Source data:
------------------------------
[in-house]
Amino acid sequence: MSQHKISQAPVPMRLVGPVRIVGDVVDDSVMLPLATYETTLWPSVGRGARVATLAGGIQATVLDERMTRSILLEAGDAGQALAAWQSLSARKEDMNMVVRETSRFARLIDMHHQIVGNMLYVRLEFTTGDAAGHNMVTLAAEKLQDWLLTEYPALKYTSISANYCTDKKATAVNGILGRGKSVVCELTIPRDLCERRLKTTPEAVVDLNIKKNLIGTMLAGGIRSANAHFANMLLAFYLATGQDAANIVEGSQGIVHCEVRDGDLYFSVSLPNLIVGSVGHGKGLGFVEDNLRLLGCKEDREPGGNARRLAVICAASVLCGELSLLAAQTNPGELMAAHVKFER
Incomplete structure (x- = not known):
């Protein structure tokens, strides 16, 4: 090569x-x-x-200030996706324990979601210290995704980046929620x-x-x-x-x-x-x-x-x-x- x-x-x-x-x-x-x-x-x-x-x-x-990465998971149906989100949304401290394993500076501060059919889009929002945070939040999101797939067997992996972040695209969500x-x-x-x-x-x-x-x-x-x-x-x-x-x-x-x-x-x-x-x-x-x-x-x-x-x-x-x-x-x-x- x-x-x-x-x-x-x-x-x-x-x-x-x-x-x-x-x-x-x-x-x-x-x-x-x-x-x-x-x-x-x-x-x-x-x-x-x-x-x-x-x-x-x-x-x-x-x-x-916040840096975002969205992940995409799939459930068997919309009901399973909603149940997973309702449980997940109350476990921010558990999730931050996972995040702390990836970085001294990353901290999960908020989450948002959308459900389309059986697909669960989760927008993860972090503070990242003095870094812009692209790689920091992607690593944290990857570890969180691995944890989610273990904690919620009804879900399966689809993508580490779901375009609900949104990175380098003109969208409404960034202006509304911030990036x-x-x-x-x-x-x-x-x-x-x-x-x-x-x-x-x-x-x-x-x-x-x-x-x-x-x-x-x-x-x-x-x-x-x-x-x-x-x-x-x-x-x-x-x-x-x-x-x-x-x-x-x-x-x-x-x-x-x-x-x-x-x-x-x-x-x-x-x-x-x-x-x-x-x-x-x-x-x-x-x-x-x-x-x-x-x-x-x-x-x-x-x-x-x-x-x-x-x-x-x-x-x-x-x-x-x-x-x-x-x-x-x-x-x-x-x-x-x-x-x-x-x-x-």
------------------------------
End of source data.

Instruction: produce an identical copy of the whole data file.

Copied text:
[in-house]
Amino acid sequence: MSQHKISQAPVPMRLVGPVRIVGDVVDDSVMLPLATYETTLWPSVGRGARVATLAGGIQATVLDERMTRSILLEAGDAGQALAAWQSLSARKEDMNMVVRETSRFARLIDMHHQIVGNMLYVRLEFTTGDAAGHNMVTLAAEKLQDWLLTEYPALKYTSISANYCTDKKATAVNGILGRGKSVVCELTIPRDLCERRLKTTPEAVVDLNIKKNLIGTMLAGGIRSANAHFANMLLAFYLATGQDAANIVEGSQGIVHCEVRDGDLYFSVSLPNLIVGSVGHGKGLGFVEDNLRLLGCKEDREPGGNARRLAVICAASVLCGELSLLAAQTNPGELMAAHVKFER
Incomplete structure (x- = not known):
């Protein structure tokens, strides 16, 4: 090569x-x-x-200030996706324990979601210290995704980046929620x-x-x-x-x-x-x-x-x-x- x-x-x-x-x-x-x-x-x-x-x-x-990465998971149906989100949304401290394993500076501060059919889009929002945070939040999101797939067997992996972040695209969500x-x-x-x-x-x-x-x-x-x-x-x-x-x-x-x-x-x-x-x-x-x-x-x-x-x-x-x-x-x-x- x-x-x-x-x-x-x-x-x-x-x-x-x-x-x-x-x-x-x-x-x-x-x-x-x-x-x-x-x-x-x-x-x-x-x-x-x-x-x-x-x-x-x-x-x-x-x-x-916040840096975002969205992940995409799939459930068997919309009901399973909603149940997973309702449980997940109350476990921010558990999730931050996972995040702390990836970085001294990353901290999960908020989450948002959308459900389309059986697909669960989760927008993860972090503070990242003095870094812009692209790689920091992607690593944290990857570890969180691995944890989610273990904690919620009804879900399966689809993508580490779901375009609900949104990175380098003109969208409404960034202006509304911030990036x-x-x-x-x-x-x-x-x-x-x-x-x-x-x-x-x-x-x-x-x-x-x-x-x-x-x-x-x-x-x-x-x-x-x-x-x-x-x-x-x-x-x-x-x-x-x-x-x-x-x-x-x-x-x-x-x-x-x-x-x-x-x-x-x-x-x-x-x-x-x-x-x-x-x-x-x-x-x-x-x-x-x-x-x-x-x-x-x-x-x-x-x-x-x-x-x-x-x-x-x-x-x-x-x-x-x-x-x-x-x-x-x-x-x-x-x-x-x-x-x-x-x-x-």